SOUNDINGS 

by Gary K. Wolfe

Beccon Publishing

1-870824-50-4

415pp/15.00/2005

Soundings
Cover by Judith Clute

Reviewed by Steven H Silver


Gary K. Wolfe has been a long-time reviewer for Locus, and 1992 marked his first full year with the magazine.  In Soundings, Wolfe has collected most of his review columns from the first five years, along with his annual year-in-review columns, to provide a snapshot of what those five years had to offer the science fiction reader.

In general, it is difficult to review a collection of reviews.  At first glance, you can agree or disagree with the reviewer, but that hardly makes for a review (instead, it summons images of Monty Python's Argument sketch). Fortunately, Wolfe's reviews provide much more than simply an opinion of the book he is examining.

Wolfe, who teaches as Roosevelt University in Chicago, has a vast knowledge of science fiction, both the genre's history and the works published within the field.  When reviewing books, Wolfe is able to bring that knowledge to the forefront, offering an history lesson along with his opinions of the books he is discussing. This external knowledge is also something a reader, or reviewer, can hang an opinion on to make more than simply a contradiction.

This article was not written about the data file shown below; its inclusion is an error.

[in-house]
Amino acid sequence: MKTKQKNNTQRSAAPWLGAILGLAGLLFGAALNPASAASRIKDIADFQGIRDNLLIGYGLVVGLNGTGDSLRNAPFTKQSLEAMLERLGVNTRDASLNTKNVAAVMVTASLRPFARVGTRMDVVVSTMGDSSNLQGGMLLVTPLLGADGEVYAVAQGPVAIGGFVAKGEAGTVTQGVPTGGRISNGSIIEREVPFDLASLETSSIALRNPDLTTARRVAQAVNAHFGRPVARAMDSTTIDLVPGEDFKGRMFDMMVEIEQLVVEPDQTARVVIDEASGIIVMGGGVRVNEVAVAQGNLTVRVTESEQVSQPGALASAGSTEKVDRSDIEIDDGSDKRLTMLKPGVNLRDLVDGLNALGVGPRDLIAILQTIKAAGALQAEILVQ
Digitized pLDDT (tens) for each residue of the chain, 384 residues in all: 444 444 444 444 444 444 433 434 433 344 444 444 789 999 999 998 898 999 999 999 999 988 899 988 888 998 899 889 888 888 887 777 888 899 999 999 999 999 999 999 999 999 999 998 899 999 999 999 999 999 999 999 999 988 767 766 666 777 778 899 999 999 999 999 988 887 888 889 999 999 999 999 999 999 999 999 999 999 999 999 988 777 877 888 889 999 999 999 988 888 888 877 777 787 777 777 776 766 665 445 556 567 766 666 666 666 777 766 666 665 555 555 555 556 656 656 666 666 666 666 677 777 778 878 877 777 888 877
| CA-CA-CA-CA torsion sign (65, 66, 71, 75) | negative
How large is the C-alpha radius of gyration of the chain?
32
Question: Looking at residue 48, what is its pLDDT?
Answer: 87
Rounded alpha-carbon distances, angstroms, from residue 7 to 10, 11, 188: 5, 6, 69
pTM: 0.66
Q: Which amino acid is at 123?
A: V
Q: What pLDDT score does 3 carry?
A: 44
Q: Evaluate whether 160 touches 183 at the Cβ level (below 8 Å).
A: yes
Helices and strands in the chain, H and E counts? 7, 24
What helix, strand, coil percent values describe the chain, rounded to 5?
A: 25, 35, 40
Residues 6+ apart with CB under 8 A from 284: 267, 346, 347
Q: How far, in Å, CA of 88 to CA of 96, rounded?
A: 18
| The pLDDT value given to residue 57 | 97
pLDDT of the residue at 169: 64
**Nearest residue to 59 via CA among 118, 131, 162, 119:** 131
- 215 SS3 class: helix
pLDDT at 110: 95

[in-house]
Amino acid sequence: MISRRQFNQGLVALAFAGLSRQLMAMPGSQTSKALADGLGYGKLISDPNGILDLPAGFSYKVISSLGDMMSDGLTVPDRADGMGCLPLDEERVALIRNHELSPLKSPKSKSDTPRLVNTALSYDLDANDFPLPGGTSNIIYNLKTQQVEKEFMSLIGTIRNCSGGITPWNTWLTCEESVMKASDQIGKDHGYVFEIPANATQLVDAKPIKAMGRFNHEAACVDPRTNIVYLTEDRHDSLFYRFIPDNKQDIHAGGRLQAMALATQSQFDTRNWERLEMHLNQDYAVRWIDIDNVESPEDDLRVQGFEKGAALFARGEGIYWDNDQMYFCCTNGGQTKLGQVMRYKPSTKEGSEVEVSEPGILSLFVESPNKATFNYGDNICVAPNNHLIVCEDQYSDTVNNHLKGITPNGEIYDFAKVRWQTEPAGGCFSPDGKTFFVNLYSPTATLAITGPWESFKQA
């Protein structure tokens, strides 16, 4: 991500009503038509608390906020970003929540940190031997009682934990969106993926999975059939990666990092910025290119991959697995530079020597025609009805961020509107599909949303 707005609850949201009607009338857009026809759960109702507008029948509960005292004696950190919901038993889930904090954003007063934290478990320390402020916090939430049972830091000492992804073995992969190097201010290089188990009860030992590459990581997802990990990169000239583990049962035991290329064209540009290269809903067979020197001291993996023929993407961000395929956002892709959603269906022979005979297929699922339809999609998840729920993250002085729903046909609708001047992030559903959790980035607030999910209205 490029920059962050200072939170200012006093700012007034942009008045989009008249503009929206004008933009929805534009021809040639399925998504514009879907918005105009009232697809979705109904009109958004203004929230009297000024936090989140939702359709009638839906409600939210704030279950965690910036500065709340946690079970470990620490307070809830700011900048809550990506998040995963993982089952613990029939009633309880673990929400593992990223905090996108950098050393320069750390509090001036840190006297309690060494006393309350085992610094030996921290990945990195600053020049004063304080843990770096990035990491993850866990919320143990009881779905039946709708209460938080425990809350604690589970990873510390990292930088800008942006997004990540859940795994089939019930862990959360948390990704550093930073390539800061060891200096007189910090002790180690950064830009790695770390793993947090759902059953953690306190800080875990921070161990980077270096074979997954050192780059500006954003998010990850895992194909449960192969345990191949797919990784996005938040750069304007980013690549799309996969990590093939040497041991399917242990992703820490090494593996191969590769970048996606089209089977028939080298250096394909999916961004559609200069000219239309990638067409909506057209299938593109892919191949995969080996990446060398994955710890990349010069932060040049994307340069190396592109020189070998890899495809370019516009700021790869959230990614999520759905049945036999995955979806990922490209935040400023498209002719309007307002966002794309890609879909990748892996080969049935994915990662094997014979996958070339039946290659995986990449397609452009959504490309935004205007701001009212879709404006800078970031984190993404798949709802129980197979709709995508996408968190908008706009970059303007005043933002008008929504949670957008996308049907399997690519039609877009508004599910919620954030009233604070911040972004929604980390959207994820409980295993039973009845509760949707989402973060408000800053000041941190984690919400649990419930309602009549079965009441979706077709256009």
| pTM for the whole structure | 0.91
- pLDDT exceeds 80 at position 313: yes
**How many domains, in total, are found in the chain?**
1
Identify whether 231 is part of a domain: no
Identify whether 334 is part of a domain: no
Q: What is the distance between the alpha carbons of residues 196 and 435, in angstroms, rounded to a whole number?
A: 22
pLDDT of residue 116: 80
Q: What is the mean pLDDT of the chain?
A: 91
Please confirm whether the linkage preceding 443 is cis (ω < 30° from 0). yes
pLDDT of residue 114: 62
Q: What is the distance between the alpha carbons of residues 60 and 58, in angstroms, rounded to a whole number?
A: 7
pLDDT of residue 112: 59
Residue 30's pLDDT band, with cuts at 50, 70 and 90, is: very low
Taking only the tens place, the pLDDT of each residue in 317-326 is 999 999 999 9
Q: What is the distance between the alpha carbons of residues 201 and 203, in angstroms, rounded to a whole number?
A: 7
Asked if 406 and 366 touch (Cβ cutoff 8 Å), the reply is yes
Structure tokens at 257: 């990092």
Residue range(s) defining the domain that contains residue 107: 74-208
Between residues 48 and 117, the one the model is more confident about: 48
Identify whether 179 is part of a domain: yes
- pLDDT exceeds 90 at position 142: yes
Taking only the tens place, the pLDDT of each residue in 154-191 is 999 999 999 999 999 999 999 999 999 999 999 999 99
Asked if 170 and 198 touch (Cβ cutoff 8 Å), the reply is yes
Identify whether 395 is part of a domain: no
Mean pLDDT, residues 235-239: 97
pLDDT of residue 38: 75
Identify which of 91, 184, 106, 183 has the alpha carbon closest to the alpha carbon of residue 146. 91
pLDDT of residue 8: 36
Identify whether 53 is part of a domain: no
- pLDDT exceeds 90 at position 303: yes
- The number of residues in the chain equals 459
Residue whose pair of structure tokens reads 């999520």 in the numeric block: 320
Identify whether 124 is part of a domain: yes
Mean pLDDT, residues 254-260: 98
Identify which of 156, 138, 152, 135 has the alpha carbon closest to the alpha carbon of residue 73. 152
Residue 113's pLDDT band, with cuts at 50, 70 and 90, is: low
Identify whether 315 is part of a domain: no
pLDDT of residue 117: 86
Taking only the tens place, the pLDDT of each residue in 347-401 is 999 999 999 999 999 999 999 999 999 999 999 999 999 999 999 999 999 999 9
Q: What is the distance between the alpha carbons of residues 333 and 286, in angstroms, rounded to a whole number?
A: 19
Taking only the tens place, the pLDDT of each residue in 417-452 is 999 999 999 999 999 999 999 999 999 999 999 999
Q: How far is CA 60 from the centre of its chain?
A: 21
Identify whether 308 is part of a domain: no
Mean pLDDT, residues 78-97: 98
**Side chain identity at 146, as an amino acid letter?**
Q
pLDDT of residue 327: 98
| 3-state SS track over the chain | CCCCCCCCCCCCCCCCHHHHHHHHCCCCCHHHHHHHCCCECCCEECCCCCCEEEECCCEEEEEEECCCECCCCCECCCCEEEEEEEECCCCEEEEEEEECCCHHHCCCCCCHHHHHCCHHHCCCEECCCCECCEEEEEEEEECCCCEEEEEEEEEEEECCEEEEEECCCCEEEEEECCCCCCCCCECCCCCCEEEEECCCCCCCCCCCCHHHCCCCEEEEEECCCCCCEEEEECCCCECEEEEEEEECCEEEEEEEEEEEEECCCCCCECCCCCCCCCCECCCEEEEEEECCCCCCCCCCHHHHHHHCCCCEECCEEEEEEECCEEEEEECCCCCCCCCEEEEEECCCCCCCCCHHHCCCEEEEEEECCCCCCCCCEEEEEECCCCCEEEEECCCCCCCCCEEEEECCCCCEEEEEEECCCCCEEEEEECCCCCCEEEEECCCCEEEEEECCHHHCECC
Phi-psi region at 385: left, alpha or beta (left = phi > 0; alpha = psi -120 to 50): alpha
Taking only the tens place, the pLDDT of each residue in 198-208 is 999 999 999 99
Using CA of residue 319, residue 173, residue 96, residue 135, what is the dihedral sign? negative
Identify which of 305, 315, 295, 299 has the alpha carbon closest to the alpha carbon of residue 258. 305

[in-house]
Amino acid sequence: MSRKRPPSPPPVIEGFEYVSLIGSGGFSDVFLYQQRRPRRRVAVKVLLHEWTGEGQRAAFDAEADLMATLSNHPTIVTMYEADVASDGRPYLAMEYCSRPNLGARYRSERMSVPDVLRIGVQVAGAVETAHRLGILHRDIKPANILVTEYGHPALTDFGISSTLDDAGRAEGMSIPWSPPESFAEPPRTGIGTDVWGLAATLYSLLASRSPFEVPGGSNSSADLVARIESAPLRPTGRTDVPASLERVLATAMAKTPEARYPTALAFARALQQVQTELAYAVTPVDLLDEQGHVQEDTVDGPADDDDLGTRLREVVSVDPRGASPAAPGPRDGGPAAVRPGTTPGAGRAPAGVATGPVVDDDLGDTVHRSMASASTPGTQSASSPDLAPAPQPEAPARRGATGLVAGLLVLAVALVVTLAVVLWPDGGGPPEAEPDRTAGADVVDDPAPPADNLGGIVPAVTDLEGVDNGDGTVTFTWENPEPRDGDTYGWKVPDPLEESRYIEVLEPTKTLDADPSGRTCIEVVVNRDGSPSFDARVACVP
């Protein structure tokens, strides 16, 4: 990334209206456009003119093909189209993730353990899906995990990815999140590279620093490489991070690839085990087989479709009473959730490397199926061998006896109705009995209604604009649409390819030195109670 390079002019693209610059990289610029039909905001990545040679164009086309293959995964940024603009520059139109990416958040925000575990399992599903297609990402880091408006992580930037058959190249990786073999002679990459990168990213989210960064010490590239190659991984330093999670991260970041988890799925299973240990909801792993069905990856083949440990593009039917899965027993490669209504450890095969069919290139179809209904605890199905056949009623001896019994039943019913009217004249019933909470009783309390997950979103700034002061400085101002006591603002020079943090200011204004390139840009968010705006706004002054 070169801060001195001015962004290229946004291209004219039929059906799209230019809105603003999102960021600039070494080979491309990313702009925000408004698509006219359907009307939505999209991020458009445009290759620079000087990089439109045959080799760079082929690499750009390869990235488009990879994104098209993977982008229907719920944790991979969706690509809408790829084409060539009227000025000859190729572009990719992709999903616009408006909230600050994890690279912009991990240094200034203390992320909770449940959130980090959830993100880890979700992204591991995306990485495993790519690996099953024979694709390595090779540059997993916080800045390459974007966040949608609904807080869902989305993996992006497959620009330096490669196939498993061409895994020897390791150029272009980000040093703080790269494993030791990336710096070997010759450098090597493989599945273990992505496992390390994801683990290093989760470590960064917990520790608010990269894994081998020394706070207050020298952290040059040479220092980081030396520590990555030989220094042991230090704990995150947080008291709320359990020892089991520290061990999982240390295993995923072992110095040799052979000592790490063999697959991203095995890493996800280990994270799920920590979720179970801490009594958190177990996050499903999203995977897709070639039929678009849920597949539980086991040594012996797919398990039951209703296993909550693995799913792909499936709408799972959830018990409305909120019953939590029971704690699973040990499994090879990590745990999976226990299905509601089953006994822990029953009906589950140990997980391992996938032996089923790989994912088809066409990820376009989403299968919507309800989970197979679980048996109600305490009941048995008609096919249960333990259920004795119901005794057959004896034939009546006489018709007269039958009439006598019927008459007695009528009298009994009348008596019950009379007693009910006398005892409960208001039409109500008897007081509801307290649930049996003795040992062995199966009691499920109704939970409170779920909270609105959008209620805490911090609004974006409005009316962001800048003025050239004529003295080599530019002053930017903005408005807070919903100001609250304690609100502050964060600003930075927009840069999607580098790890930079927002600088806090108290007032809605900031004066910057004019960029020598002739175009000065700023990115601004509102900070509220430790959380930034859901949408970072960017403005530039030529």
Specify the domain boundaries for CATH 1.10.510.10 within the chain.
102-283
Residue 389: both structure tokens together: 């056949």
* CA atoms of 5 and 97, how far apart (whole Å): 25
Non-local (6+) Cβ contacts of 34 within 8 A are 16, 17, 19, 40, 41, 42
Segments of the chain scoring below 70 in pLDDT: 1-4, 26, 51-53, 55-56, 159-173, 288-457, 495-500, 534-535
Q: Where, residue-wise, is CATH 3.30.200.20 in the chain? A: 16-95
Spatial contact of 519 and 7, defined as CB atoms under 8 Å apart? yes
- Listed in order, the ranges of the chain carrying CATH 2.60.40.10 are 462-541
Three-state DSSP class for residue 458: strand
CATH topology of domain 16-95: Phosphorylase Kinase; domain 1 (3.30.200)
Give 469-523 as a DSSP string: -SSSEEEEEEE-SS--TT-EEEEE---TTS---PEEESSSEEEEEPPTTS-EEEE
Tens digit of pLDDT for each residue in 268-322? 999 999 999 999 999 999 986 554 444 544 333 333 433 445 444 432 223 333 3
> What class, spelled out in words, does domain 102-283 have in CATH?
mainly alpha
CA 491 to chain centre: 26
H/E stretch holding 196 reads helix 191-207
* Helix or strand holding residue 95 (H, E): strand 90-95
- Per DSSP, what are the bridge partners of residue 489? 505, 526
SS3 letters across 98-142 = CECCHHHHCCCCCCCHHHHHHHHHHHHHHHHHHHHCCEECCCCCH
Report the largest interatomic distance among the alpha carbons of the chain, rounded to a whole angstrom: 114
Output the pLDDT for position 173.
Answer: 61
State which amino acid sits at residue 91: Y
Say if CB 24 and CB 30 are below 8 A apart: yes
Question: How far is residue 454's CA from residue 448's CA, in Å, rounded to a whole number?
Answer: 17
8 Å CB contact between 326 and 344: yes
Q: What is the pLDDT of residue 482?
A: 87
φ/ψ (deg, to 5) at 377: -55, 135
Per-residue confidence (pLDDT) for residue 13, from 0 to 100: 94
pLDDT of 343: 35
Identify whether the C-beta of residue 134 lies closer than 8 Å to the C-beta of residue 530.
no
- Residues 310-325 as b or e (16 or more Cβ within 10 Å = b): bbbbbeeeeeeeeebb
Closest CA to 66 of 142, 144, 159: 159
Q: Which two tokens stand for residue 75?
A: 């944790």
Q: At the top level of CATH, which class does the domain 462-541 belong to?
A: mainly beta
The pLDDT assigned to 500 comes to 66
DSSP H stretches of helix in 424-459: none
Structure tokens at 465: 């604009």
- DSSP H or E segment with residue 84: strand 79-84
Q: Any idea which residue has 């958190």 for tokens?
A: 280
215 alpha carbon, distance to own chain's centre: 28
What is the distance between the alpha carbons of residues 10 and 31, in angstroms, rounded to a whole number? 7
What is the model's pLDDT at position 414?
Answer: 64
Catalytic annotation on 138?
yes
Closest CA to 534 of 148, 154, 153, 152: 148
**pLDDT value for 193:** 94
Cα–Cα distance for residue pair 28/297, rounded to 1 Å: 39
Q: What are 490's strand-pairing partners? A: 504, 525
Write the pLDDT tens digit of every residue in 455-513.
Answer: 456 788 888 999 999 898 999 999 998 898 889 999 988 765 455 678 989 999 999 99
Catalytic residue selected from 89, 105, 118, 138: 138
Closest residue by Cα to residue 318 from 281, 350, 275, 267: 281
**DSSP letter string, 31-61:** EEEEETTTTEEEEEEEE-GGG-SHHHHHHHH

In discussing Janet Gluckman and George Guthridge's Child of the Light, Wolfe comments that writing about the logic of history doesn't lead to angry letters as playing with hard SF, although most alternate history authors would disagree.  This review also spotlights something else about Soundings.  The first book of a trilogy, as Wolfe notes, but Wolfe did not review the subsequent volumes. This is the sort of thing which isn't necessarily obvious when reading reviews over time, but in a collection, it does give a feeling of unfinished business (the second volume Child of the Journey was published in 1996, during the purview of Soundings, while the last volume wasn't published until 1997).

When Wolfe is able to examine multiple volumes in a series, as he does with Kim Stanley Robinson's Mars trilogy, it is interesting to see not just how the plots evolve, for which reading the book is a better procedure, but to see how the reviewers expectations of the story change over time.  Wolfe's reviews comment on the individual books, but also on the way the fit together and the way Robinson's depiction of Mars changes across the three books.

A collection of five years worth of reviews also allows the reader to see thematic trends in a way which isn't possible in the way the reviews originally appeared.  While in some cases, Wolfe may discuss books on a similar theme in a single review, as he did in November 1993 when he reviewed both Robinson's Green Mars and Greg Bear's Moving Mars, but also allows the reader to see other works, such as Ben Bova's Mars and Kevin J. Anderson's War of the Worlds: Global Dispatches

Dipping into Soundings will not only provide the reader with a look at some of the excellent (and sometimes not so excellent) science fiction from the mid-1990s, but will also, perhaps more importantly, provide the reader with a better understanding of what science fiction is and how it evolved during that period.


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